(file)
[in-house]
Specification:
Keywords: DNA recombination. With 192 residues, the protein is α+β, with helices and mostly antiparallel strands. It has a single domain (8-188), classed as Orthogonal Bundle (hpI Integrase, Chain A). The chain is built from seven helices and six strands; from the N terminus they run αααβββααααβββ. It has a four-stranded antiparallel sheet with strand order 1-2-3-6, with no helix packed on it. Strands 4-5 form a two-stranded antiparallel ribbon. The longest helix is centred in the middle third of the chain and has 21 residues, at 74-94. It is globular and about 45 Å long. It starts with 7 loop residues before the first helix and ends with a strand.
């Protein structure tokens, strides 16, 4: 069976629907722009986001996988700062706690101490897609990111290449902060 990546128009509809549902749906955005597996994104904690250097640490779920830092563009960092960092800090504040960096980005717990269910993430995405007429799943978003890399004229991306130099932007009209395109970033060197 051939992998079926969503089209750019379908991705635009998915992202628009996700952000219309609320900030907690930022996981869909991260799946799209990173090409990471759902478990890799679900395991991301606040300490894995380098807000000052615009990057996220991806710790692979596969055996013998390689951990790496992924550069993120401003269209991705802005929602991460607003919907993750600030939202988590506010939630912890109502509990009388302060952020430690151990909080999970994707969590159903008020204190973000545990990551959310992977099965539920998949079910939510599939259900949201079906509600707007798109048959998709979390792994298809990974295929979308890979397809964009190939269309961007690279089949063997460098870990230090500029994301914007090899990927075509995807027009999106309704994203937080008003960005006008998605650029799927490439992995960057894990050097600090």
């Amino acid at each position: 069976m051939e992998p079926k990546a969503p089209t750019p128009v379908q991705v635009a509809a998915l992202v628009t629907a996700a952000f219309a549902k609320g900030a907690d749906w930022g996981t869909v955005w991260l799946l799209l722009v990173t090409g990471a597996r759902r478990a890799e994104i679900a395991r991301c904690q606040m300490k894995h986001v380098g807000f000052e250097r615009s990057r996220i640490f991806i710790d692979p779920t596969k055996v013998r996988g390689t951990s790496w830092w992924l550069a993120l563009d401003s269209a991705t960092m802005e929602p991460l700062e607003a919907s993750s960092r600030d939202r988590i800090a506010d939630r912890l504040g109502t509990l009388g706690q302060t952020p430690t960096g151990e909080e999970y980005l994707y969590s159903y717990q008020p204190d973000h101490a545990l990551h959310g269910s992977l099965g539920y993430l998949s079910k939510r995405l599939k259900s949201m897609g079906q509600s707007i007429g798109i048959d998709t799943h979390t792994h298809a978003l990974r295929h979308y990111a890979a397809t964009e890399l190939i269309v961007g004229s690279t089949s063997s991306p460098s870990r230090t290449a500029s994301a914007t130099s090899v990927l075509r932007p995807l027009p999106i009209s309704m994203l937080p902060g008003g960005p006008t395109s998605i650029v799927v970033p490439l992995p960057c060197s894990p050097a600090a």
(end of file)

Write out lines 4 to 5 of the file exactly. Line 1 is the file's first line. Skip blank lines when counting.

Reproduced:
């Protein structure tokens, strides 16, 4: 069976629907722009986001996988700062706690101490897609990111290449902060 990546128009509809549902749906955005597996994104904690250097640490779920830092563009960092960092800090504040960096980005717990269910993430995405007429799943978003890399004229991306130099932007009209395109970033060197 051939992998079926969503089209750019379908991705635009998915992202628009996700952000219309609320900030907690930022996981869909991260799946799209990173090409990471759902478990890799679900395991991301606040300490894995380098807000000052615009990057996220991806710790692979596969055996013998390689951990790496992924550069993120401003269209991705802005929602991460607003919907993750600030939202988590506010939630912890109502509990009388302060952020430690151990909080999970994707969590159903008020204190973000545990990551959310992977099965539920998949079910939510599939259900949201079906509600707007798109048959998709979390792994298809990974295929979308890979397809964009190939269309961007690279089949063997460098870990230090500029994301914007090899990927075509995807027009999106309704994203937080008003960005006008998605650029799927490439992995960057894990050097600090």
């Amino acid at each position: 069976m051939e992998p079926k990546a969503p089209t750019p128009v379908q991705v635009a509809a998915l992202v628009t629907a996700a952000f219309a549902k609320g900030a907690d749906w930022g996981t869909v955005w991260l799946l799209l722009v990173t090409g990471a597996r759902r478990a890799e994104i679900a395991r991301c904690q606040m300490k894995h986001v380098g807000f000052e250097r615009s990057r996220i640490f991806i710790d692979p779920t596969k055996v013998r996988g390689t951990s790496w830092w992924l550069a993120l563009d401003s269209a991705t960092m802005e929602p991460l700062e607003a919907s993750s960092r600030d939202r988590i800090a506010d939630r912890l504040g109502t509990l009388g706690q302060t952020p430690t960096g151990e909080e999970y980005l994707y969590s159903y717990q008020p204190d973000h101490a545990l990551h959310g269910s992977l099965g539920y993430l998949s079910k939510r995405l599939k259900s949201m897609g079906q509600s707007i007429g798109i048959d998709t799943h979390t792994h298809a978003l990974r295929h979308y990111a890979a397809t964009e890399l190939i269309v961007g004229s690279t089949s063997s991306p460098s870990r230090t290449a500029s994301a914007t130099s090899v990927l075509r932007p995807l027009p999106i009209s309704m994203l937080p902060g008003g960005p006008t395109s998605i650029v799927v970033p490439l992995p960057c060197s894990p050097a600090a």